Socialism or capitalism was not the major dilemma of the final years of a Yugoslavia that did not have its 1989 moment. But increasingly, in the years from 1988 to1991, the choice between the common state— and under what conditions—and the realization of irreconcilable nationalist aspirations. That is: ethnically pure states. As big as possible.

But such nationalist tendencies also indicated that the old regime was already losing its former power. Yugoslavian authorities would have crushed such nationalist attempts in the 60s and 70s without hesitation since nationalism was one of the biggest political taboos in the Yugoslav project.

This does not mean that the demise of socialism didn’t play a huge role. Yes, but it was a sign that our own modernist, supranational, internationalist, secular project was coming to an end. Its values will be subsequently defeated by the anti-Enlightenment euphoria of ethnic folklore, religious “renewal”, and nationalist obscurantism of “pure blood” and “purified” territory. In building a common future in which all will be equal, everyone could be a brother; in building ethnic states for only ethnic members, the “other” is the enemy that must be expelled or destroyed.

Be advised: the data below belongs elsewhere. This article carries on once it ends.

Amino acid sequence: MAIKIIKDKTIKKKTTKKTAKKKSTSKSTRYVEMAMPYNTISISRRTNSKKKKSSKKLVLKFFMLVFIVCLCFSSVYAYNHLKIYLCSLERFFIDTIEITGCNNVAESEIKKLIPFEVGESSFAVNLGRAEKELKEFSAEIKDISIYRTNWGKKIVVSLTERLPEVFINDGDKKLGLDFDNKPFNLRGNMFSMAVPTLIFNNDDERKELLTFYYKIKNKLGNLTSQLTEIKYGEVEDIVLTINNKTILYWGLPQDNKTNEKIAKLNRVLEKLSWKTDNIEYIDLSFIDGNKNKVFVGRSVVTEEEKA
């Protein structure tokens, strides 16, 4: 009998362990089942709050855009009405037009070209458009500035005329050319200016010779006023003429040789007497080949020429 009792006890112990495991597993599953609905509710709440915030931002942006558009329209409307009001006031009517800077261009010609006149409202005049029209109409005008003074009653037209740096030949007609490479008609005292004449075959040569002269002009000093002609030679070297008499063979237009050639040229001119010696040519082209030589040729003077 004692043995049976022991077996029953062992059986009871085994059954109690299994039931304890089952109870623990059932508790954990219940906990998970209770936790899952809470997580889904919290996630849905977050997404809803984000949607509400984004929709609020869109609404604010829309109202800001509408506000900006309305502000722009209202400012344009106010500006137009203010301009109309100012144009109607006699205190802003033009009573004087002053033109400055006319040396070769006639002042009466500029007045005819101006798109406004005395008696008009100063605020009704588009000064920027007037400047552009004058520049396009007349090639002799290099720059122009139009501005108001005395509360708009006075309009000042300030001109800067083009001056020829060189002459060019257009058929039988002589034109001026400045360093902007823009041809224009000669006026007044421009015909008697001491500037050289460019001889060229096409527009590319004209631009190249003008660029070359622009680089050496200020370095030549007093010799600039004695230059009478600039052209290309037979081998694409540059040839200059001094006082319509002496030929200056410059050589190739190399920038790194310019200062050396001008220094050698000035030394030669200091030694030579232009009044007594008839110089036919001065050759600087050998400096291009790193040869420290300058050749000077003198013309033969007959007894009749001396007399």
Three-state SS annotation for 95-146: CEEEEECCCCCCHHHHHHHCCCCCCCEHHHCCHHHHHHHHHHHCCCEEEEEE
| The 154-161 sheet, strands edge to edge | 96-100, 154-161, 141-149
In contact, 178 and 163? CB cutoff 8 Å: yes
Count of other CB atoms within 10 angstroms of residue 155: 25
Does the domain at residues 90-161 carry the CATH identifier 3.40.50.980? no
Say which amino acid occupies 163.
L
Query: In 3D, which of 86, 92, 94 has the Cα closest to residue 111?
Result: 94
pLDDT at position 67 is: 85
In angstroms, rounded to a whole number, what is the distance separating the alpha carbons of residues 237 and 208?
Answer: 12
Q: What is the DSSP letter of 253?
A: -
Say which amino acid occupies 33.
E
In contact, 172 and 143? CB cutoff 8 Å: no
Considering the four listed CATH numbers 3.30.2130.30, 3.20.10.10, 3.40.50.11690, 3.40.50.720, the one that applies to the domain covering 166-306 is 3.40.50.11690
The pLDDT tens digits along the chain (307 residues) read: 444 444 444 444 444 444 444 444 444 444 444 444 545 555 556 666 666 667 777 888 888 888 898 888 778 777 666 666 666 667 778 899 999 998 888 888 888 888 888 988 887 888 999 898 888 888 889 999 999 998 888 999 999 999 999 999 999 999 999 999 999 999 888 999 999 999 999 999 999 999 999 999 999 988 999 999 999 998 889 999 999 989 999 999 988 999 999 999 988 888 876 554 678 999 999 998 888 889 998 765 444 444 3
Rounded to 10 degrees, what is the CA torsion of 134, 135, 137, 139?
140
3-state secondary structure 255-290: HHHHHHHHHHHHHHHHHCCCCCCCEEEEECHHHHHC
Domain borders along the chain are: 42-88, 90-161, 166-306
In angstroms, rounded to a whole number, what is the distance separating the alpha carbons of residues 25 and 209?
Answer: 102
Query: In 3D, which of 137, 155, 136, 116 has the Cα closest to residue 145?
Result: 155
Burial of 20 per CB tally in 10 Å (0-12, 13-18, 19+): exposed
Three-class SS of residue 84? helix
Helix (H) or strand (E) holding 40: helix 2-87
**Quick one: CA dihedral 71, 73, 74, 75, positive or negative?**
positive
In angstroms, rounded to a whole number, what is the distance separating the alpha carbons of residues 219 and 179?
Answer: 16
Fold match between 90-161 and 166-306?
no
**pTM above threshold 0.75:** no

This worked relatively fine in Slovenia—although the unacknowledged trauma of the lost South Slavic state could still be observed—where the Slovene ethnic area coincided with the Socialist Republic of Slovenia. But in other places it had immediate disastrous consequences by basically putting people in the position in which someone that they never met and who lives in a different republic was presented as closer than their own neighbour. At that point, political elites certainly did not work under the assumption of a minimal Yugoslav political solidarity that would presuppose the continuation of the common project.

Instead, in the late 1980s they realised that ethnicity, and not socialism, was a new, powerful resource of political power. From then on, the groups or rather their leaders were supposed to negotiate or fight. We in the former Yugoslavia thus offered a preview of that tribal world to come, unfortunately.

Liberals are issuing desperate cries to values and procedures unwilling to fundamentally address the roots of the problem, which is the scandalous and violent inequality of our societies.

There you get some similarities with the EU. It seems that many European citizens as well as their political elites do not believe in the European political project any more.